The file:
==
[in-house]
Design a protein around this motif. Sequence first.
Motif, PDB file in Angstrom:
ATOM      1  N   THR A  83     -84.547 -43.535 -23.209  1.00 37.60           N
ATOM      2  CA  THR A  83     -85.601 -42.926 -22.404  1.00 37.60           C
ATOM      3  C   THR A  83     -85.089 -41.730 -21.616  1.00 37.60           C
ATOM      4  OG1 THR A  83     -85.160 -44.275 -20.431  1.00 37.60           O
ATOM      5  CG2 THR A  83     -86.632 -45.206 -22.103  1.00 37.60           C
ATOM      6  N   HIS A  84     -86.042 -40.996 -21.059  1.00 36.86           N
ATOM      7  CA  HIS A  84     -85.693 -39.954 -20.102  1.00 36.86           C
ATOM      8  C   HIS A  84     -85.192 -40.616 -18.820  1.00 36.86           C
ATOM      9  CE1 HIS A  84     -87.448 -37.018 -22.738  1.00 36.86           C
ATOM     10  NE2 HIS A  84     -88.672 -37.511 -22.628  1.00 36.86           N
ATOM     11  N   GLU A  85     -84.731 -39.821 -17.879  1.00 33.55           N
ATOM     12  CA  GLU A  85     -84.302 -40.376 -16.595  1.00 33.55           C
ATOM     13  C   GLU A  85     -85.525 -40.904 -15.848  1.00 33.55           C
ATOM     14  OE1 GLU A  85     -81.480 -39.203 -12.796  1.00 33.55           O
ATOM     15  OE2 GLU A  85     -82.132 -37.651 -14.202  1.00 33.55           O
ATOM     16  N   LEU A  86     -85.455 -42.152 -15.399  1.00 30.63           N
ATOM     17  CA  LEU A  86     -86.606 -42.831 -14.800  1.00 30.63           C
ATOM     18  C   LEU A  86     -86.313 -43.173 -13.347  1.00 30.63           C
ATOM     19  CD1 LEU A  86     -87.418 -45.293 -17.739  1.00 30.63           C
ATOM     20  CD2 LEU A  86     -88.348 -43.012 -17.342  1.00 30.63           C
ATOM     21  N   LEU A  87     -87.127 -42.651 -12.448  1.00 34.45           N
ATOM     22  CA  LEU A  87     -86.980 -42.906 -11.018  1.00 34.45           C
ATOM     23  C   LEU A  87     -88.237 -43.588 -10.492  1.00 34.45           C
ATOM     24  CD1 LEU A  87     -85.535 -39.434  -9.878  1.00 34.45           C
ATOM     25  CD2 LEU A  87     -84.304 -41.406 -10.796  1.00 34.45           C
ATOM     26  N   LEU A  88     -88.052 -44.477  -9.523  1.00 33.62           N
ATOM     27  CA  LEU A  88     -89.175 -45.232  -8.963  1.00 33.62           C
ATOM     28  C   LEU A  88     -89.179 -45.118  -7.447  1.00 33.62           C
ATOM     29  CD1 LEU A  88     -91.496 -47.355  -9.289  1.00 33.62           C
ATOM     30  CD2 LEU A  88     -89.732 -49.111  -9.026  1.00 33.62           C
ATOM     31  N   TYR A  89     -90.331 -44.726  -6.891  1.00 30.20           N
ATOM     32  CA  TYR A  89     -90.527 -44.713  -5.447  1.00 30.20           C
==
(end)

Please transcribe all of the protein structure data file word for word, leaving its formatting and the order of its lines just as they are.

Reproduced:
[in-house]
Design a protein around this motif. Sequence first.
Motif, PDB file in Angstrom:
ATOM      1  N   THR A  83     -84.547 -43.535 -23.209  1.00 37.60           N
ATOM      2  CA  THR A  83     -85.601 -42.926 -22.404  1.00 37.60           C
ATOM      3  C   THR A  83     -85.089 -41.730 -21.616  1.00 37.60           C
ATOM      4  OG1 THR A  83     -85.160 -44.275 -20.431  1.00 37.60           O
ATOM      5  CG2 THR A  83     -86.632 -45.206 -22.103  1.00 37.60           C
ATOM      6  N   HIS A  84     -86.042 -40.996 -21.059  1.00 36.86           N
ATOM      7  CA  HIS A  84     -85.693 -39.954 -20.102  1.00 36.86           C
ATOM      8  C   HIS A  84     -85.192 -40.616 -18.820  1.00 36.86           C
ATOM      9  CE1 HIS A  84     -87.448 -37.018 -22.738  1.00 36.86           C
ATOM     10  NE2 HIS A  84     -88.672 -37.511 -22.628  1.00 36.86           N
ATOM     11  N   GLU A  85     -84.731 -39.821 -17.879  1.00 33.55           N
ATOM     12  CA  GLU A  85     -84.302 -40.376 -16.595  1.00 33.55           C
ATOM     13  C   GLU A  85     -85.525 -40.904 -15.848  1.00 33.55           C
ATOM     14  OE1 GLU A  85     -81.480 -39.203 -12.796  1.00 33.55           O
ATOM     15  OE2 GLU A  85     -82.132 -37.651 -14.202  1.00 33.55           O
ATOM     16  N   LEU A  86     -85.455 -42.152 -15.399  1.00 30.63           N
ATOM     17  CA  LEU A  86     -86.606 -42.831 -14.800  1.00 30.63           C
ATOM     18  C   LEU A  86     -86.313 -43.173 -13.347  1.00 30.63           C
ATOM     19  CD1 LEU A  86     -87.418 -45.293 -17.739  1.00 30.63           C
ATOM     20  CD2 LEU A  86     -88.348 -43.012 -17.342  1.00 30.63           C
ATOM     21  N   LEU A  87     -87.127 -42.651 -12.448  1.00 34.45           N
ATOM     22  CA  LEU A  87     -86.980 -42.906 -11.018  1.00 34.45           C
ATOM     23  C   LEU A  87     -88.237 -43.588 -10.492  1.00 34.45           C
ATOM     24  CD1 LEU A  87     -85.535 -39.434  -9.878  1.00 34.45           C
ATOM     25  CD2 LEU A  87     -84.304 -41.406 -10.796  1.00 34.45           C
ATOM     26  N   LEU A  88     -88.052 -44.477  -9.523  1.00 33.62           N
ATOM     27  CA  LEU A  88     -89.175 -45.232  -8.963  1.00 33.62           C
ATOM     28  C   LEU A  88     -89.179 -45.118  -7.447  1.00 33.62           C
ATOM     29  CD1 LEU A  88     -91.496 -47.355  -9.289  1.00 33.62           C
ATOM     30  CD2 LEU A  88     -89.732 -49.111  -9.026  1.00 33.62           C
ATOM     31  N   TYR A  89     -90.331 -44.726  -6.891  1.00 30.20           N
ATOM     32  CA  TYR A  89     -90.527 -44.713  -5.447  1.00 30.20           C